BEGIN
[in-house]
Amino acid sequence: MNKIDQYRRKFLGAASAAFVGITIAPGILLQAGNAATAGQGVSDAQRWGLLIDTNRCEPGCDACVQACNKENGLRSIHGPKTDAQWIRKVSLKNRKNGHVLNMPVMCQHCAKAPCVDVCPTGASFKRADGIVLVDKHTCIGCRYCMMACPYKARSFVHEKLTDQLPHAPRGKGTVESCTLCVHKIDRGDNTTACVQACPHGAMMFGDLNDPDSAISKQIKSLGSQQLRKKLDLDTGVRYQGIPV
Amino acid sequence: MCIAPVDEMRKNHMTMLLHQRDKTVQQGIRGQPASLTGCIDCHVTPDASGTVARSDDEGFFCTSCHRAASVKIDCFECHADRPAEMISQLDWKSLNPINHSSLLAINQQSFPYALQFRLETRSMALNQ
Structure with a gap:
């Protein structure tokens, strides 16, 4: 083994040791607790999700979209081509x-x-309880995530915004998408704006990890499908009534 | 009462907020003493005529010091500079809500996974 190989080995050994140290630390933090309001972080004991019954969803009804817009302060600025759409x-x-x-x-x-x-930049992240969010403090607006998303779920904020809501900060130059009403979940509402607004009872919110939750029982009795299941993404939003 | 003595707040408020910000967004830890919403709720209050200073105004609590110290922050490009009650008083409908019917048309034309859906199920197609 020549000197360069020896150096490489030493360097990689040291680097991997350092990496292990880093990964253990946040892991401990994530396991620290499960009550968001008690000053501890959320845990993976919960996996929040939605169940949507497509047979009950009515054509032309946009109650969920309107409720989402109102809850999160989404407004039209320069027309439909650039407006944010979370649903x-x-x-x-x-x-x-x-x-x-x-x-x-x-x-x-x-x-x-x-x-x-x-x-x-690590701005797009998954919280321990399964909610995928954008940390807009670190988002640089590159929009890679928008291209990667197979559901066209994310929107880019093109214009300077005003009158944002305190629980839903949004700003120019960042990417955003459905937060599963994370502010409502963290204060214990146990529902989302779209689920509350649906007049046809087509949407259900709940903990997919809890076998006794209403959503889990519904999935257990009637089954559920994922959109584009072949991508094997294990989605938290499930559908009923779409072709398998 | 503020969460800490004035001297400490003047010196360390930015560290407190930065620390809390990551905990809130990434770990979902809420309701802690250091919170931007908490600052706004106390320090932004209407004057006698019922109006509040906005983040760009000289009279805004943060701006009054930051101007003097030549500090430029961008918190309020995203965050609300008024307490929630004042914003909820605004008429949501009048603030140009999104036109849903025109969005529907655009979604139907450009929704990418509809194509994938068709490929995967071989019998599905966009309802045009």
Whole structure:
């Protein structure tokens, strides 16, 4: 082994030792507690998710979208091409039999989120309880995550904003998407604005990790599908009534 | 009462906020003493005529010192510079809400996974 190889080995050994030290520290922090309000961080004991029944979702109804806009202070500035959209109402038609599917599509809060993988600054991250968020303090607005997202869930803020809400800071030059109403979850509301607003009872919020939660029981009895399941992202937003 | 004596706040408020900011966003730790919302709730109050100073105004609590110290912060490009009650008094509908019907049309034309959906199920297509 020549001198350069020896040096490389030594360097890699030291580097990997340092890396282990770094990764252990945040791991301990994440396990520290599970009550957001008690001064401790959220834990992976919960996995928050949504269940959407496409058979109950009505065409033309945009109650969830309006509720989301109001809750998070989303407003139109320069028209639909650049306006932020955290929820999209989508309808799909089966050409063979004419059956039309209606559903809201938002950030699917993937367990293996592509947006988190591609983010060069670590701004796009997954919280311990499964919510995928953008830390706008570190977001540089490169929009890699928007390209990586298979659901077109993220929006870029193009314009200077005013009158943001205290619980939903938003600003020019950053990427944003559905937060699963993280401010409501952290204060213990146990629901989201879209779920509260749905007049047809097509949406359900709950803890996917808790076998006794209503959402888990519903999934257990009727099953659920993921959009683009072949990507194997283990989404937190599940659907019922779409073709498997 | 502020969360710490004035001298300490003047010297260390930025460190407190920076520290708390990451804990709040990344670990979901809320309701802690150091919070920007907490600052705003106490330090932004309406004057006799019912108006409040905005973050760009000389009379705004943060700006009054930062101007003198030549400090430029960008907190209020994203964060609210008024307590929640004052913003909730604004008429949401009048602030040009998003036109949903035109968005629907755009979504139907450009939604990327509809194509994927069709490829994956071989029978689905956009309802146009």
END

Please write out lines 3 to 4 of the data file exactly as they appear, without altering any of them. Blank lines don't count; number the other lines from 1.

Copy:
Amino acid sequence: MCIAPVDEMRKNHMTMLLHQRDKTVQQGIRGQPASLTGCIDCHVTPDASGTVARSDDEGFFCTSCHRAASVKIDCFECHADRPAEMISQLDWKSLNPINHSSLLAINQQSFPYALQFRLETRSMALNQ
Structure with a gap: